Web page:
Melissa Bailey of the must read New Haven Independent reports on a Lieberman campaign event, where he said the following:
The senator won further support in response to a local Democrat who weighed in on the problem of school violence. “I think it all started when we stopped allowing God in the schools,” said Robert Limoncelli.
In stark contrast with many Democrats outside the South, Lieberman agreed with the man that religion had been improperly removed from schools.
Referencing the words of a priest, he said, “If you take religion and God out of the public square … it’s not going to remain empty. Something else will fill it up. It’ll be the junk that’s, and the entertainment culture, or something else.”
“The constitution promises freedom of religion, not freedom from religion,” Lieberman continued. (Bailey)
But it must. The one is part of the other.
The amendment reads, "Congress shall make no law respecting an establishment of religion, or prohibiting the free exercise thereof." If a boy or girl wishes to follow no religion, to be free of religion, then the state has no business establishing religion--any religion--at a state-funded and run school.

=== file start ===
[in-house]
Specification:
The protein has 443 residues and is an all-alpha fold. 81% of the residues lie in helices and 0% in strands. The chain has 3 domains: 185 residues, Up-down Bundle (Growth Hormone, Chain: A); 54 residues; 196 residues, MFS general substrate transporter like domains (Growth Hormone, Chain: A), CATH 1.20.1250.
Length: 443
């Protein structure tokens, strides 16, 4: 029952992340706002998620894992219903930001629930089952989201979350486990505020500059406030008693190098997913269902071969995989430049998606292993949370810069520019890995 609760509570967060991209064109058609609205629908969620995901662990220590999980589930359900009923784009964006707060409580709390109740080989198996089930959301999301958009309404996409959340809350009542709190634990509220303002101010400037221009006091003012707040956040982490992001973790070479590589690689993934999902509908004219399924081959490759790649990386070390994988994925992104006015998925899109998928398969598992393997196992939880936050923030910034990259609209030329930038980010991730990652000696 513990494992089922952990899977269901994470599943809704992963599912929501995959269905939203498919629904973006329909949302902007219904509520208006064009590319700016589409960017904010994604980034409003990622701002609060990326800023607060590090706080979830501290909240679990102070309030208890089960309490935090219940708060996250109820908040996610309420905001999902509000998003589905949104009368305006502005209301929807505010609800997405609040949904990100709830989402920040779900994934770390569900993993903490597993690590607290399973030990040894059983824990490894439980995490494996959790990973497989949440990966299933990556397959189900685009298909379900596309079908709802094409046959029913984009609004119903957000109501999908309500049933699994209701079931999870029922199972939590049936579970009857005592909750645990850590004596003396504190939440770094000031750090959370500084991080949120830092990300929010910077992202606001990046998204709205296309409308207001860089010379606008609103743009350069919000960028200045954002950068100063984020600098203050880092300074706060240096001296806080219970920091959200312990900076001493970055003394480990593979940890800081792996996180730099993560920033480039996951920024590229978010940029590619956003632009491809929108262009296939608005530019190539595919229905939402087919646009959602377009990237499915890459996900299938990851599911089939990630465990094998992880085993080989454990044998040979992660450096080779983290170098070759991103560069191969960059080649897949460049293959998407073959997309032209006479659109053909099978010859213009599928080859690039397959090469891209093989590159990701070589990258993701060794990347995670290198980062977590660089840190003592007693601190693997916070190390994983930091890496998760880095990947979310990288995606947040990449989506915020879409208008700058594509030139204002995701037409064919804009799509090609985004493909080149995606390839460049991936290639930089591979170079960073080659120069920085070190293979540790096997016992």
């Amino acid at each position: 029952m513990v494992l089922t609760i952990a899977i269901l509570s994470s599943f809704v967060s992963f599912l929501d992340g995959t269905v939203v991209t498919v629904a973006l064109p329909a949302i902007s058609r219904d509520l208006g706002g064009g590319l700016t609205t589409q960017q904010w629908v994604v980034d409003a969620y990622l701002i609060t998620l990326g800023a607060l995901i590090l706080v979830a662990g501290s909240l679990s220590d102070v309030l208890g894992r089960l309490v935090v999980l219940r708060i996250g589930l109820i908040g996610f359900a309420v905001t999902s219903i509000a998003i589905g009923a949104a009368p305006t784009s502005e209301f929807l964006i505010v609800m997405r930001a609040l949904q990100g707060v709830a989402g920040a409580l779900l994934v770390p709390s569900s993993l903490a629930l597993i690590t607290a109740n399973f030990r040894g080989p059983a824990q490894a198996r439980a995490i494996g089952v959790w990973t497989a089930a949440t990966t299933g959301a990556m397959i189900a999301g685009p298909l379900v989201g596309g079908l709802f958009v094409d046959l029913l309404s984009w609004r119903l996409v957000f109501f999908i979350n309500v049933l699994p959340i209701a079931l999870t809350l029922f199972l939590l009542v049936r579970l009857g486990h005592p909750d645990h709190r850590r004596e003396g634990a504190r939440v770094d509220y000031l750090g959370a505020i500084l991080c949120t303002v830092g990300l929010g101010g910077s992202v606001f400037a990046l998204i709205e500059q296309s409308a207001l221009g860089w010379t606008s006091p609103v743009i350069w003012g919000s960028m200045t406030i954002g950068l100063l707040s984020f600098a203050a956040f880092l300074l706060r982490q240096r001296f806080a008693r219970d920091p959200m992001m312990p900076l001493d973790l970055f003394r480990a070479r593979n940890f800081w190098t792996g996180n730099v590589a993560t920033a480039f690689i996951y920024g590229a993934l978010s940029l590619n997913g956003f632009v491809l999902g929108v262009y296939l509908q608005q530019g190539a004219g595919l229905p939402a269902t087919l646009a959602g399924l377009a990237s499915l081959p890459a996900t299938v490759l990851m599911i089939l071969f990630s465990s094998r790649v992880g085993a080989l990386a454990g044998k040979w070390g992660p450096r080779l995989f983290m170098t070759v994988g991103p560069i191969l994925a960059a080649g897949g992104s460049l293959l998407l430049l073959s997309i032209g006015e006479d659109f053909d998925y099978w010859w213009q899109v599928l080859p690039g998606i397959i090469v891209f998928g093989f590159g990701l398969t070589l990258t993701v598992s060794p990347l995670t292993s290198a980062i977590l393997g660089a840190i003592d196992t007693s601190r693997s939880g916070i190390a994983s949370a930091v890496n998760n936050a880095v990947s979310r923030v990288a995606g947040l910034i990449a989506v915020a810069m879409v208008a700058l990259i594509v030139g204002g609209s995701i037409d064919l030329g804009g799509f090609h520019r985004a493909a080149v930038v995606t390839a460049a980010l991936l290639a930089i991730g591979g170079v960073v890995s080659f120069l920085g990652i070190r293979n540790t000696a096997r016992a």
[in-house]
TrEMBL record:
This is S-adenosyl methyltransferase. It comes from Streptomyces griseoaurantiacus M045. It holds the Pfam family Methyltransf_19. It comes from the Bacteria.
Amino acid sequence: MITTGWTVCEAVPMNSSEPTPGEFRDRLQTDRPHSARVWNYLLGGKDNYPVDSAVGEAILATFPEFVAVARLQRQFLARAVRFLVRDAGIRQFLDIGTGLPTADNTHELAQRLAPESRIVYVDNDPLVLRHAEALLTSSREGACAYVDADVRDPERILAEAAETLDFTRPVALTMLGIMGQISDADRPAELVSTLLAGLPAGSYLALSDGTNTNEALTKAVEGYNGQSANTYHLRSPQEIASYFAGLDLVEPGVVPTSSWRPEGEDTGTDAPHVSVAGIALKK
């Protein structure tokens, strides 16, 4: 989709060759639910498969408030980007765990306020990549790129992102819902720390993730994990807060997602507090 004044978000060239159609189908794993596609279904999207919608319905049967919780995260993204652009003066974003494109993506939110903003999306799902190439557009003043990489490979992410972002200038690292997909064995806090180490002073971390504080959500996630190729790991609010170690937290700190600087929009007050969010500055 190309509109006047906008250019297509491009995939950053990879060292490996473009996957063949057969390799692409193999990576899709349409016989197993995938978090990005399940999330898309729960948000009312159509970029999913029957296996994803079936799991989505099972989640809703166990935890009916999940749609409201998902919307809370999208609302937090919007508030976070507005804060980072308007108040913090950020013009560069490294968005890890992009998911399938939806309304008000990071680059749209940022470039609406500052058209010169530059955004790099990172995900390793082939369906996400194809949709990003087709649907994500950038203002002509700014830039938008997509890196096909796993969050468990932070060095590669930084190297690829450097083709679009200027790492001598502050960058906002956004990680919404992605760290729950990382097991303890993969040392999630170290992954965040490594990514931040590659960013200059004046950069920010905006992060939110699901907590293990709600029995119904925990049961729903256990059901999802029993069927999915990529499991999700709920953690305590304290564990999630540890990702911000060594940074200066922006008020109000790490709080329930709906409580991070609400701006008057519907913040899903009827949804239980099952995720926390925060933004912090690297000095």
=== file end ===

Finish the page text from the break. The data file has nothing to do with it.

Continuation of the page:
Supreme Court Justice William O. Douglas, in his concurrance to the 1963 Supreme Court ruling on Abington School District v. Schempp, said the following:
Establishment of a religion can be achieved in several ways. The church and state can be one; the church may control the state or the state may control the church; or the relationship may take one of several possible forms of a working arrangement between the two bodies.
The vice of all such arrangements under the Establishment Clause is that the state is lending its assistance to a church's efforts to gain and keep adherents.
Lieberman seems to be lurching further and further to the right the longer the general election campaign drags on. I wonder if he has always thought this way?
Bailey, Melissa. "Lieberman Pledges to Notch Babies & Religion-in-School Advocates." New Haven Independent 1 November, 2006.
School District of Abington Township, Pennsylvania, et al. v. Schempp et al. 374 U.S. 203; 83 S. Ct. 1560; 10 L. Ed. 2d 844; 1963 U.S. LEXIS 2611